Nitrous oxide: Definitely no laughing matter!

By Wendy Min Source:Global Times Published: 2017/7/11 17:38:39

Illustration: Liu Rui/GT

I first heard about "laughing gas" or "sweet air" a decade ago when I was preparing for dental surgery in Sydney. My doctor parents described the feeling of nitrous oxide as "slipping into a warm bath. It tingles, you feel numb and everything is painless." In the end, an alternative was used since they know far too well the risks and the negative effects that it might have on me. Nitrous oxide has all the characteristics of an illicit drug, yet it is legal and used by many, especially those in medical and industrial fields across the world.

Many of the drugs we know were created by scientists for medical purposes. However once the original intentions are abused and twisted, a drug's effects and aftermath can be long lasting and devastating.

Laughing gas - like amphetamines, meth, heroin, PCP, cocaine, ecstasy and marijuana - is a stimulant, emotion enhancer, painkiller and tranquilizer with sedative and intoxicating characteristics.

It was synthesized by English chemist Joseph Priestley in 1772, but another chemist, Humphry Davy, fully realized its "pleasurable" qualities and turned its use into a craze. People, especially youths from the upper class in the late 1700s and early 1800s, became happy drunks and dependent on this recreational drug. Now, history repeats itself.

Recent horror stories of Chinese students returning back home paralyzed and suffering from severe health problems have raised discussion in China about this new fast-spreading drug. Many of the users are from economically well-off families. The reasons they fall victim to laughing gas range from curing depression to curiosity. Most alarmingly, many of them don't even understand it is a drug. Unlike a typical white powder, this odorless and colorless "sweet air" reaches the brain in less than 20 seconds and is seen as relatively harmless, especially since it is inhaled using portable canisters and colorful balloons, not injected using needles.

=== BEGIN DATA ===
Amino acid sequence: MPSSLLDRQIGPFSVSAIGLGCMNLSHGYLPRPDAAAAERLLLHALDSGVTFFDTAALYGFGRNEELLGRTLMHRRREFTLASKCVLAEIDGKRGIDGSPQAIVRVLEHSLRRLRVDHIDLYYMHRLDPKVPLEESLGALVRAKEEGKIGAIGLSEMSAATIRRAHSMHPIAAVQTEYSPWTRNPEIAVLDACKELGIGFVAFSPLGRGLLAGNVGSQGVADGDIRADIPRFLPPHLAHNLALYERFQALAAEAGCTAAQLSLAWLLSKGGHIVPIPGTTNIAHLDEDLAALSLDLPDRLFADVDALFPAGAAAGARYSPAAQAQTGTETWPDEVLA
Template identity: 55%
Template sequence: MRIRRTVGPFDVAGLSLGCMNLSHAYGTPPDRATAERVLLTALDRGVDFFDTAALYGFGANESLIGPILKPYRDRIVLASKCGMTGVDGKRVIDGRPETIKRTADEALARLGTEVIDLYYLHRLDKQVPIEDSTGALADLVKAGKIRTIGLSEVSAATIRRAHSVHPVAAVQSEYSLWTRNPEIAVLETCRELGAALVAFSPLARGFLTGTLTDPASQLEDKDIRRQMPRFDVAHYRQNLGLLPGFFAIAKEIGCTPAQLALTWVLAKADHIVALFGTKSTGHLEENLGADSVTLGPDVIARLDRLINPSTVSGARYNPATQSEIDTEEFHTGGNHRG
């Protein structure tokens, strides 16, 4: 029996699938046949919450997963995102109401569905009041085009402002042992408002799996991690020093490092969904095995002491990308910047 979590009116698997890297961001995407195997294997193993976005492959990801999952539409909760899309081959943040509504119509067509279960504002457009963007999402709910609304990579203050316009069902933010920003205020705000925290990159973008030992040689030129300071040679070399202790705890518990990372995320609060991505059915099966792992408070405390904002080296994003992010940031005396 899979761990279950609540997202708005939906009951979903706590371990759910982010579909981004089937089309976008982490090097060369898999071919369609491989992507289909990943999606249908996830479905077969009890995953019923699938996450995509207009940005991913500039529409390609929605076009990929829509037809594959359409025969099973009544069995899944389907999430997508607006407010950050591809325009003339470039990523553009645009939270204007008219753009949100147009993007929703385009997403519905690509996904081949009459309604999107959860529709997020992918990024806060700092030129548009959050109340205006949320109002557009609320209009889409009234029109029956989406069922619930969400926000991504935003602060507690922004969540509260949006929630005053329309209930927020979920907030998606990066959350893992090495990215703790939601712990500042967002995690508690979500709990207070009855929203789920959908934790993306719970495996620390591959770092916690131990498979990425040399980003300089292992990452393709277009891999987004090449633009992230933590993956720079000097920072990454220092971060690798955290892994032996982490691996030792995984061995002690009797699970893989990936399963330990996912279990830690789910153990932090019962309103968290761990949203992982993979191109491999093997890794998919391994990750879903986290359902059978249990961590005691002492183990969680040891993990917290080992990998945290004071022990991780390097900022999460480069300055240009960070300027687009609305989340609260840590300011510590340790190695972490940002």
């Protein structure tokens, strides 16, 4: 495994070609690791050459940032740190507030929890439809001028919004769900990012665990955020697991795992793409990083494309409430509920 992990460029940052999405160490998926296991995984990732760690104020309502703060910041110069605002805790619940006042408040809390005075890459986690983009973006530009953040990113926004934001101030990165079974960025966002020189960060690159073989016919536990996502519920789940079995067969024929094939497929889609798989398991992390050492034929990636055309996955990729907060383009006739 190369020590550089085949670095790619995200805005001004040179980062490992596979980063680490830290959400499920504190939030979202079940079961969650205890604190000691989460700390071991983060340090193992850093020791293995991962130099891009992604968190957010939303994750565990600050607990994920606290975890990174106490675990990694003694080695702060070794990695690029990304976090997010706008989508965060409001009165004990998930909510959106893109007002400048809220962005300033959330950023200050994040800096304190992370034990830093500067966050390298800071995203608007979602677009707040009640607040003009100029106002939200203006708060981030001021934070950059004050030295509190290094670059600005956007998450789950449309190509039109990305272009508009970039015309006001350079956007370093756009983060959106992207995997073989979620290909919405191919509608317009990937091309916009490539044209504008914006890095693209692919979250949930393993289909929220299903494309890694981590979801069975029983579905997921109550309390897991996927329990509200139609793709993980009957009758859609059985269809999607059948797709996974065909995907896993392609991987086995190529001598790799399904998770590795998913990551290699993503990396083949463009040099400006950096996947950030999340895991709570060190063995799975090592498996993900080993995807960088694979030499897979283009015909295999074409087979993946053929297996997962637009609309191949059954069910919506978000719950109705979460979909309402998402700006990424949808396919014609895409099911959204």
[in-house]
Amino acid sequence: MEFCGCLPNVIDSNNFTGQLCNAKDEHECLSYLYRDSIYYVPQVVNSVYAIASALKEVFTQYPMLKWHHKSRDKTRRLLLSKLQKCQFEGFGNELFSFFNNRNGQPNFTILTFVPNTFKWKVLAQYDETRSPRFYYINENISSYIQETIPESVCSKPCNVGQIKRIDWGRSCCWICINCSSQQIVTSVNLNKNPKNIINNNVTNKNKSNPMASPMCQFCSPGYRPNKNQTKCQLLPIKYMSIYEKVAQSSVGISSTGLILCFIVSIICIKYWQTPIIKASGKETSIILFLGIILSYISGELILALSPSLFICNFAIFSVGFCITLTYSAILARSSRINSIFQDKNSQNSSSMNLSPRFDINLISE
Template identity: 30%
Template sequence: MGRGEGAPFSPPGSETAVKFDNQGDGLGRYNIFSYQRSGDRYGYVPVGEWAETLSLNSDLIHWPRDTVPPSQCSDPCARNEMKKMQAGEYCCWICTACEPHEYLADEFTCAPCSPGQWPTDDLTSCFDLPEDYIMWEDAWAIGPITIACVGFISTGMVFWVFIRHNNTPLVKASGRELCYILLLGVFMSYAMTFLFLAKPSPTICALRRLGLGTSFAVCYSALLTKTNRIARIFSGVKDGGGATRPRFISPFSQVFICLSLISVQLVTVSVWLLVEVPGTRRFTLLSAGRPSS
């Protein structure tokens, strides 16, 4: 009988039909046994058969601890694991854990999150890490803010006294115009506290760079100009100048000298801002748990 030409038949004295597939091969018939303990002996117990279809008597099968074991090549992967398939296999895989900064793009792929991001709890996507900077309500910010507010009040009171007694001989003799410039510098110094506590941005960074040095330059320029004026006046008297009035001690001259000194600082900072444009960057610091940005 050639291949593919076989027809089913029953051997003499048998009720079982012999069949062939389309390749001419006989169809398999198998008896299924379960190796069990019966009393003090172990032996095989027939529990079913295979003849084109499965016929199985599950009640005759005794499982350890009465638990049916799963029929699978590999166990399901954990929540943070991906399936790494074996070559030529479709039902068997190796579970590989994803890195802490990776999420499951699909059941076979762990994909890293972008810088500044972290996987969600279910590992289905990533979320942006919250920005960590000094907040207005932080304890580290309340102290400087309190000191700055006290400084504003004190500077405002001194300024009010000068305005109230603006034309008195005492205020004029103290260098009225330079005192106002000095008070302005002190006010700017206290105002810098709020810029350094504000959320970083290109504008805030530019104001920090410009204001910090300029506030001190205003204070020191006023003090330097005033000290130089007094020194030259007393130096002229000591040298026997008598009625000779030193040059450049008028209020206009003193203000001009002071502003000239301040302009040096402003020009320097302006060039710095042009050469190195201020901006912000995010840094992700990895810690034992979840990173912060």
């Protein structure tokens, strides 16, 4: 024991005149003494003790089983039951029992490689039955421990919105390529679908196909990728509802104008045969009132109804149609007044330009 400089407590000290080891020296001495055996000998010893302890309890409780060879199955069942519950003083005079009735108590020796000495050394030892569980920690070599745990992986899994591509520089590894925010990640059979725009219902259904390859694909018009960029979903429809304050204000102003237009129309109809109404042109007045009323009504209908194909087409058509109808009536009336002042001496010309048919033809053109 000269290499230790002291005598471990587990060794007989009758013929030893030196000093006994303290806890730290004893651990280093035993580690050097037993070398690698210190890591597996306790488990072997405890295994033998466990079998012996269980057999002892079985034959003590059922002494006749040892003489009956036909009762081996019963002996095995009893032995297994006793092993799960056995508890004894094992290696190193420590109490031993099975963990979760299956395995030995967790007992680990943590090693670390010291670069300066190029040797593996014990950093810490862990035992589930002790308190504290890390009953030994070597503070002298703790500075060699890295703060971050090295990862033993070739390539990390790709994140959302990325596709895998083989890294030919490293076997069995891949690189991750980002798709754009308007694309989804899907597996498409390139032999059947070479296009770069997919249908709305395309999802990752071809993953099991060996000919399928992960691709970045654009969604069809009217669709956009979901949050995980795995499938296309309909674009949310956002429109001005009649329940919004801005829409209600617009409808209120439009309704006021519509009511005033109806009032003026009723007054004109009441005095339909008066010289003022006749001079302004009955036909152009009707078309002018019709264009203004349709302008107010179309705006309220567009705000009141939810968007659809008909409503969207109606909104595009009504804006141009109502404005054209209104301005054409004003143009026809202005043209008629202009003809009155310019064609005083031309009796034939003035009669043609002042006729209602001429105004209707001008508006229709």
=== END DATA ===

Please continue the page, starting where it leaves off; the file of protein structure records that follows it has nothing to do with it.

The giggles and state of euphoria felt by the user are short-lasting. This short high makes this cheap and easy drug more addictive.

While many know it cures pain, what is not known is that it leads to complications such as lung punctures, mental and manual impairment, cardio and nerve damage and not surprisingly depression. For some of the Chinese students who have ended their studies abroad to seek treatment in their homeland, the road to recovery consists of phases of withdrawal, relapse and pain. Some of them have been paralyzed for life. This drug is a devastating danger, not only for the individual and their families but also for society.

While the more commonly known illicit drugs are clearly defined in legal terms, laughing gas has always been in a legal grey zone. Take Australia for example. It is legal and police can seize it from anyone under the age of 18. In one state, there is a two-year sentence for anyone supplying laughing gas to those with the intention to misuse it.

However, finding ways to prove that the seller is aware of the intentions prior to the deal may be difficult. For China, cases of laughing gas abuse are both imported and home-grown. Since it is an assault on public health, China can take the lead and work with the international community to find a clear-cut legal definition, raise educational awareness and control the supply-demand chain. Drugs are ever-evolving. The frontline of the narcotics war is continuous, organic and cunning.

In recent times, Chinese police have seized substances found in the form of innocent looking milk tea bags, fizzy lolly sachets with cartoon characters, colorful plastic tubs and other packaging. This is just one example of how frequently drugs are evolving in their make-up and design.

Take the examples of Greece's "sisa" and Russia's "krokodil." Drugs are becoming more impure, affordable and challenging for government bodies and law-enforcers to monitor and control.

A hit or kick from a sedative and numbing agent is temporary. One minute of "happiness" is too much of a risk for a lifetime of health complications and death. Happiness co-exists with pain. Life is not a smooth ride. It is normal to hit a low but using drugs to go high will only drag you down further.

May harsh laws remain in place for all drug-related offenses! May we eradicate the grey zone and protect the population from ever-changing and deadly narcotics.

The author is a freelance writer. She was born in China, raised in Australia and educated in China, Australia and France. opinion@globaltimes.com.cn



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